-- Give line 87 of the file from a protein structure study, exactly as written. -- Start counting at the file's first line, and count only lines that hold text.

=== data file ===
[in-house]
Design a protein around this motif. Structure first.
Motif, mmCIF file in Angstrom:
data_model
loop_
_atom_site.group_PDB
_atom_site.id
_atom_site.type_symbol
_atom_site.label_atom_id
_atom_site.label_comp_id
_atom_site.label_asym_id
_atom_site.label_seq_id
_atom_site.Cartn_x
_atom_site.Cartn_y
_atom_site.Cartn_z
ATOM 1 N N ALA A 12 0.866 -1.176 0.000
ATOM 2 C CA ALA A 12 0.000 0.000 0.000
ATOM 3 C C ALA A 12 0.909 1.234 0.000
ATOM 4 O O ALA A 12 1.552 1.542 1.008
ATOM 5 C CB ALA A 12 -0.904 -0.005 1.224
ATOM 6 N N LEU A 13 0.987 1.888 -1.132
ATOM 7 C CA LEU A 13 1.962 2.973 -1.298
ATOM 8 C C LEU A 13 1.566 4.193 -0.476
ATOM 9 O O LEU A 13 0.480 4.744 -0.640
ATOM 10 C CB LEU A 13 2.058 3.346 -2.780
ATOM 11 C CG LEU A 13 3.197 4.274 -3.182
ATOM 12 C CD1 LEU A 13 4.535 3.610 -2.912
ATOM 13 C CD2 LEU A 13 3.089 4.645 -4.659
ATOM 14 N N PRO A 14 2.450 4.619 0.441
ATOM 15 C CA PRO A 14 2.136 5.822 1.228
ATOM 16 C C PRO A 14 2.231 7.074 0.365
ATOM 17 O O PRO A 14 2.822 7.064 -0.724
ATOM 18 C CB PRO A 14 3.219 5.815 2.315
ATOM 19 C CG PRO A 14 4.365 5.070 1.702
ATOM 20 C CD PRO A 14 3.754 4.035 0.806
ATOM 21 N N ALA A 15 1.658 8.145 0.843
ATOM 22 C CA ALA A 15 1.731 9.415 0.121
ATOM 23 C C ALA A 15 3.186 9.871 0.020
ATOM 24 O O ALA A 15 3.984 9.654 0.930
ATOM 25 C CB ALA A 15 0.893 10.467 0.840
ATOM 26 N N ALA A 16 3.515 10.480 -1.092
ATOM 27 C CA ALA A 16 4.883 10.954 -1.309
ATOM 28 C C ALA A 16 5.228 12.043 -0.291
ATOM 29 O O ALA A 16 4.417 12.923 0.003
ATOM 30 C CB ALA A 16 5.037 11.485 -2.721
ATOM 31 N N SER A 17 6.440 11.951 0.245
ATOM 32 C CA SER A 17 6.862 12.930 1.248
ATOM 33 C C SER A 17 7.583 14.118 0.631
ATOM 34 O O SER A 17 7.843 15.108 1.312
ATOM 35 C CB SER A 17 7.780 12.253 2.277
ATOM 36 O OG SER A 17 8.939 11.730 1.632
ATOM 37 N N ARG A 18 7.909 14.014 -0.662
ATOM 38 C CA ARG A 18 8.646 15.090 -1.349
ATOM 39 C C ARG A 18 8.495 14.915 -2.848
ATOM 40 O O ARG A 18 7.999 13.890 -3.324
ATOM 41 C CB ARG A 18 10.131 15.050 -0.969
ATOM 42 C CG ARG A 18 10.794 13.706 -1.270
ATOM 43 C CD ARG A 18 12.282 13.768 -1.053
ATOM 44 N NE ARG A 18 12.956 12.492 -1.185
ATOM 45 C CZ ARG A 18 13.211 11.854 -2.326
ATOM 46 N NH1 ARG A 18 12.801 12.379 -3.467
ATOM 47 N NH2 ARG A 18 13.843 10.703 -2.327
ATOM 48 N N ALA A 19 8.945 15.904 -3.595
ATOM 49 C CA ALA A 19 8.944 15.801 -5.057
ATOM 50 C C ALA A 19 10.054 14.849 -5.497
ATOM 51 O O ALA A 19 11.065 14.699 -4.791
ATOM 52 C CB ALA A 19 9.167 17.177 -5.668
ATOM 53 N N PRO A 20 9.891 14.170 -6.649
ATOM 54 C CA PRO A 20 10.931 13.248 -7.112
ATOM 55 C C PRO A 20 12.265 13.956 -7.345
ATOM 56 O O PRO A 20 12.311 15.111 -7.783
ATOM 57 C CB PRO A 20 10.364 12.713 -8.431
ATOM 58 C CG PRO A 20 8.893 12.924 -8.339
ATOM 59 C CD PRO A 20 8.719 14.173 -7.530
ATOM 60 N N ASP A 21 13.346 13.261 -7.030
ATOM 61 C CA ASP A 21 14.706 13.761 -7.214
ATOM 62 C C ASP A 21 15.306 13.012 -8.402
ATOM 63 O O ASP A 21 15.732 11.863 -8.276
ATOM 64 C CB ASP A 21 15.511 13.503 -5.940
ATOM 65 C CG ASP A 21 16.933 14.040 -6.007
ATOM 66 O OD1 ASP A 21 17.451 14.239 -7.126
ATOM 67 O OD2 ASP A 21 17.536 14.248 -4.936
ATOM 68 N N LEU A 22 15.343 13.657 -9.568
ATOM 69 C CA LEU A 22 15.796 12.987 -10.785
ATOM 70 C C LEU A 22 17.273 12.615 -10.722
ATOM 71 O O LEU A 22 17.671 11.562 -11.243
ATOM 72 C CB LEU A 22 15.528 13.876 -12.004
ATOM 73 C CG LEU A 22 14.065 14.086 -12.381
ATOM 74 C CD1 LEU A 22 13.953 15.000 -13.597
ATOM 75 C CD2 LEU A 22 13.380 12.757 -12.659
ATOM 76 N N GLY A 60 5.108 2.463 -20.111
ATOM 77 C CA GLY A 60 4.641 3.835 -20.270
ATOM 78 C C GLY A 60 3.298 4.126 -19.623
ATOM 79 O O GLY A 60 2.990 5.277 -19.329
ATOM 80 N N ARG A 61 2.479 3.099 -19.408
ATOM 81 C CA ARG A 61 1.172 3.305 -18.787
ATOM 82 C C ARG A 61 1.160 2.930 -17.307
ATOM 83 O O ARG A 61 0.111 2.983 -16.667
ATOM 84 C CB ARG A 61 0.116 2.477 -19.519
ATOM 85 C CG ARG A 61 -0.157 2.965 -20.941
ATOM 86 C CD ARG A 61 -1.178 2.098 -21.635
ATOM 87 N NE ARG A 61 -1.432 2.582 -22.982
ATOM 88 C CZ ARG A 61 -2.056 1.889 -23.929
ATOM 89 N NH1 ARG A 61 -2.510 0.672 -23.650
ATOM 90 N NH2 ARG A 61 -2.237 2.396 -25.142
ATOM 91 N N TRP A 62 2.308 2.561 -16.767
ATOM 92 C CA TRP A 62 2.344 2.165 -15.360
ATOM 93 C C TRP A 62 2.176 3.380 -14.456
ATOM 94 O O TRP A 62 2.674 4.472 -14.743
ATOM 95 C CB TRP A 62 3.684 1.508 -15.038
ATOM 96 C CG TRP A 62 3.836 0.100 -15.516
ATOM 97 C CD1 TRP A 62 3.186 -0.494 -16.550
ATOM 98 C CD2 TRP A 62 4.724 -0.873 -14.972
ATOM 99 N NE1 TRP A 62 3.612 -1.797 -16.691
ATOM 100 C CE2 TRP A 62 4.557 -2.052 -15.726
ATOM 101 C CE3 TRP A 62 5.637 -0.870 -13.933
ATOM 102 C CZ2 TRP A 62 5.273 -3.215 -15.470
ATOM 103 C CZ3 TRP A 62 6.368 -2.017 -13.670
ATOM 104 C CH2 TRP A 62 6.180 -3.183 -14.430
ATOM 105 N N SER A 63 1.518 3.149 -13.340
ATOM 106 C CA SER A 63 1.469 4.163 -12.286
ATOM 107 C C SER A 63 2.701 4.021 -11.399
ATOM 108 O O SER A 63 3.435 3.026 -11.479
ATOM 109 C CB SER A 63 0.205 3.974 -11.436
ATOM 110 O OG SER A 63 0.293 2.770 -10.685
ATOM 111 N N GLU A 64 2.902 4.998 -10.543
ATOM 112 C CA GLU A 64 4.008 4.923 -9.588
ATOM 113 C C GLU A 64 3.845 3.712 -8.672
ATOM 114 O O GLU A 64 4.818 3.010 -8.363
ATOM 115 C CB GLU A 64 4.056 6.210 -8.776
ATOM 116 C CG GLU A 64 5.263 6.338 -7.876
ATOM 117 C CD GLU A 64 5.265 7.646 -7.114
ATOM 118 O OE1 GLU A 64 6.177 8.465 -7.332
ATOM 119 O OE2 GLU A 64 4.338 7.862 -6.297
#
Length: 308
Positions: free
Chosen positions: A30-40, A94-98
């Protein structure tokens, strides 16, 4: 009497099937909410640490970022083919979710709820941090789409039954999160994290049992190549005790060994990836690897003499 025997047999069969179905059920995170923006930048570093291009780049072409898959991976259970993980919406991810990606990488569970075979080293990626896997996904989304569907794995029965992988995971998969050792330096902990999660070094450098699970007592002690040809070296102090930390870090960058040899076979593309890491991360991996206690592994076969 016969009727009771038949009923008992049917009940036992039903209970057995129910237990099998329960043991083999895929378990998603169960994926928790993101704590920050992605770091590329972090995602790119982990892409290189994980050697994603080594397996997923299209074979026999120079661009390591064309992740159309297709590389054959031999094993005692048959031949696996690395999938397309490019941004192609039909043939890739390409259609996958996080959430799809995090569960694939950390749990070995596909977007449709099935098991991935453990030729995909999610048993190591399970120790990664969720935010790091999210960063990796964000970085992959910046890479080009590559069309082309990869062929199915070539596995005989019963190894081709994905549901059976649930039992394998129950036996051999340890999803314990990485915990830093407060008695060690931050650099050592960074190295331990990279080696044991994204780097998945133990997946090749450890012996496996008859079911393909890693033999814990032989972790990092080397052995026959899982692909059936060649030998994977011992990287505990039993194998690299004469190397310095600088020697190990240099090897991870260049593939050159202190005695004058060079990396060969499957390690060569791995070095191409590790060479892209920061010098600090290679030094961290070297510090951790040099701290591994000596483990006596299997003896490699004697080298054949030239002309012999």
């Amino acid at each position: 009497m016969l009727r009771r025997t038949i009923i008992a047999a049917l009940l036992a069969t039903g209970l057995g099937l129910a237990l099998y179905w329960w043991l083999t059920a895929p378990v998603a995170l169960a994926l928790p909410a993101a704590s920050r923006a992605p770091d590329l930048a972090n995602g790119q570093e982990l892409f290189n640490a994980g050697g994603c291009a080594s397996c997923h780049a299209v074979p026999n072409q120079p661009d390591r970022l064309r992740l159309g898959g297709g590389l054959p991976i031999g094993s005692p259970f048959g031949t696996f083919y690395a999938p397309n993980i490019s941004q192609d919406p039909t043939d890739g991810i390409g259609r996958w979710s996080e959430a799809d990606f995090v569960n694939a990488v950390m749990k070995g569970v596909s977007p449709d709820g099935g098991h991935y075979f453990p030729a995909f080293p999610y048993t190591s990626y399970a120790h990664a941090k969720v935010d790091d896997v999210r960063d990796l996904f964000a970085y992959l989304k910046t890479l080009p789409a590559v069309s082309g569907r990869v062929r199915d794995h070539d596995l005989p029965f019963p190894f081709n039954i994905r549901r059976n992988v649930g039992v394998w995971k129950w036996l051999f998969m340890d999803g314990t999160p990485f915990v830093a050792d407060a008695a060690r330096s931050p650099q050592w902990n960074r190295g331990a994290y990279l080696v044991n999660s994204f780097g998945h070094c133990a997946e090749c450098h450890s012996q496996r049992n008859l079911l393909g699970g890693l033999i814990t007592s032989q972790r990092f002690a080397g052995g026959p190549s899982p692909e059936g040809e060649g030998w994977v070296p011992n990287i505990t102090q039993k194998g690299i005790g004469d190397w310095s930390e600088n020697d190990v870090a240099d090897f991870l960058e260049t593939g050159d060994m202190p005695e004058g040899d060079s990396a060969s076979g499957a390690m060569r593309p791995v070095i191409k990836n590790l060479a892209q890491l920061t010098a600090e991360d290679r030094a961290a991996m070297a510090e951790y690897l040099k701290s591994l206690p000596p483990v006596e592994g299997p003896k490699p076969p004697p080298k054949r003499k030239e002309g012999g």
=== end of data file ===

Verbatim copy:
ATOM 72 C CB LEU A 22 15.528 13.876 -12.004